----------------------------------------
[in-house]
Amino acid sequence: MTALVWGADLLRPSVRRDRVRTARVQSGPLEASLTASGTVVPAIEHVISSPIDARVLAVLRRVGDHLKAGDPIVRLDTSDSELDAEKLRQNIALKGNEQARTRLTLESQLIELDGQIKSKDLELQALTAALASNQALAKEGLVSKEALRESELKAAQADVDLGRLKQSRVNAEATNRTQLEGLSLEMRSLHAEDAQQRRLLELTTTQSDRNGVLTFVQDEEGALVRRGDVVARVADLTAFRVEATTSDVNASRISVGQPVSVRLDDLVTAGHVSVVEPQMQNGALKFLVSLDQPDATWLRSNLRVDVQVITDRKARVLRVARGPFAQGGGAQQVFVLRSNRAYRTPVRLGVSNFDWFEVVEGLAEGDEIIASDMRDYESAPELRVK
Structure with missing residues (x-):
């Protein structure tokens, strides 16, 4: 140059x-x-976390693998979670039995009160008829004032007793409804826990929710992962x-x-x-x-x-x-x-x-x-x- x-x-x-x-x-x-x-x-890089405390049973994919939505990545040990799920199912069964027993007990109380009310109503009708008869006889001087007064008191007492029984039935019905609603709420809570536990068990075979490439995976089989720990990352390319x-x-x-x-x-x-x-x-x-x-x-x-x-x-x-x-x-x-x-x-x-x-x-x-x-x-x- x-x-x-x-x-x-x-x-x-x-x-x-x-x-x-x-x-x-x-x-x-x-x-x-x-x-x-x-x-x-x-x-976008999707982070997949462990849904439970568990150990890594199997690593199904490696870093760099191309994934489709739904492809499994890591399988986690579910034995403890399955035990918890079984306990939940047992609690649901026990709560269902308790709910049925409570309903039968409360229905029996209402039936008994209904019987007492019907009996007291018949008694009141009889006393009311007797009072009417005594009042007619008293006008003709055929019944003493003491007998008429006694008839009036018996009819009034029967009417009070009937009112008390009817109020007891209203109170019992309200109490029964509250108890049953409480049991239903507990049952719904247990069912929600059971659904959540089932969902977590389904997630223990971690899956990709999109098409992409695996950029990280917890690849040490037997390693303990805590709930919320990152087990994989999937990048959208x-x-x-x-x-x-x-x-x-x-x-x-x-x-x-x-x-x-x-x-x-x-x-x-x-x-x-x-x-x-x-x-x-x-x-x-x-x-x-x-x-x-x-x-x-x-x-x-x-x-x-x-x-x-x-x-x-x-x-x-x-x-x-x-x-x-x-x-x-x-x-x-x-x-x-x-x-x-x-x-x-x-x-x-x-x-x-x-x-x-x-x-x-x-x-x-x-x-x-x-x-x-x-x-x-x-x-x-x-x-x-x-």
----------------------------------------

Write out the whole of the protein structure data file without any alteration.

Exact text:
[in-house]
Amino acid sequence: MTALVWGADLLRPSVRRDRVRTARVQSGPLEASLTASGTVVPAIEHVISSPIDARVLAVLRRVGDHLKAGDPIVRLDTSDSELDAEKLRQNIALKGNEQARTRLTLESQLIELDGQIKSKDLELQALTAALASNQALAKEGLVSKEALRESELKAAQADVDLGRLKQSRVNAEATNRTQLEGLSLEMRSLHAEDAQQRRLLELTTTQSDRNGVLTFVQDEEGALVRRGDVVARVADLTAFRVEATTSDVNASRISVGQPVSVRLDDLVTAGHVSVVEPQMQNGALKFLVSLDQPDATWLRSNLRVDVQVITDRKARVLRVARGPFAQGGGAQQVFVLRSNRAYRTPVRLGVSNFDWFEVVEGLAEGDEIIASDMRDYESAPELRVK
Structure with missing residues (x-):
């Protein structure tokens, strides 16, 4: 140059x-x-976390693998979670039995009160008829004032007793409804826990929710992962x-x-x-x-x-x-x-x-x-x- x-x-x-x-x-x-x-x-890089405390049973994919939505990545040990799920199912069964027993007990109380009310109503009708008869006889001087007064008191007492029984039935019905609603709420809570536990068990075979490439995976089989720990990352390319x-x-x-x-x-x-x-x-x-x-x-x-x-x-x-x-x-x-x-x-x-x-x-x-x-x-x- x-x-x-x-x-x-x-x-x-x-x-x-x-x-x-x-x-x-x-x-x-x-x-x-x-x-x-x-x-x-x-x-976008999707982070997949462990849904439970568990150990890594199997690593199904490696870093760099191309994934489709739904492809499994890591399988986690579910034995403890399955035990918890079984306990939940047992609690649901026990709560269902308790709910049925409570309903039968409360229905029996209402039936008994209904019987007492019907009996007291018949008694009141009889006393009311007797009072009417005594009042007619008293006008003709055929019944003493003491007998008429006694008839009036018996009819009034029967009417009070009937009112008390009817109020007891209203109170019992309200109490029964509250108890049953409480049991239903507990049952719904247990069912929600059971659904959540089932969902977590389904997630223990971690899956990709999109098409992409695996950029990280917890690849040490037997390693303990805590709930919320990152087990994989999937990048959208x-x-x-x-x-x-x-x-x-x-x-x-x-x-x-x-x-x-x-x-x-x-x-x-x-x-x-x-x-x-x-x-x-x-x-x-x-x-x-x-x-x-x-x-x-x-x-x-x-x-x-x-x-x-x-x-x-x-x-x-x-x-x-x-x-x-x-x-x-x-x-x-x-x-x-x-x-x-x-x-x-x-x-x-x-x-x-x-x-x-x-x-x-x-x-x-x-x-x-x-x-x-x-x-x-x-x-x-x-x-x-x-």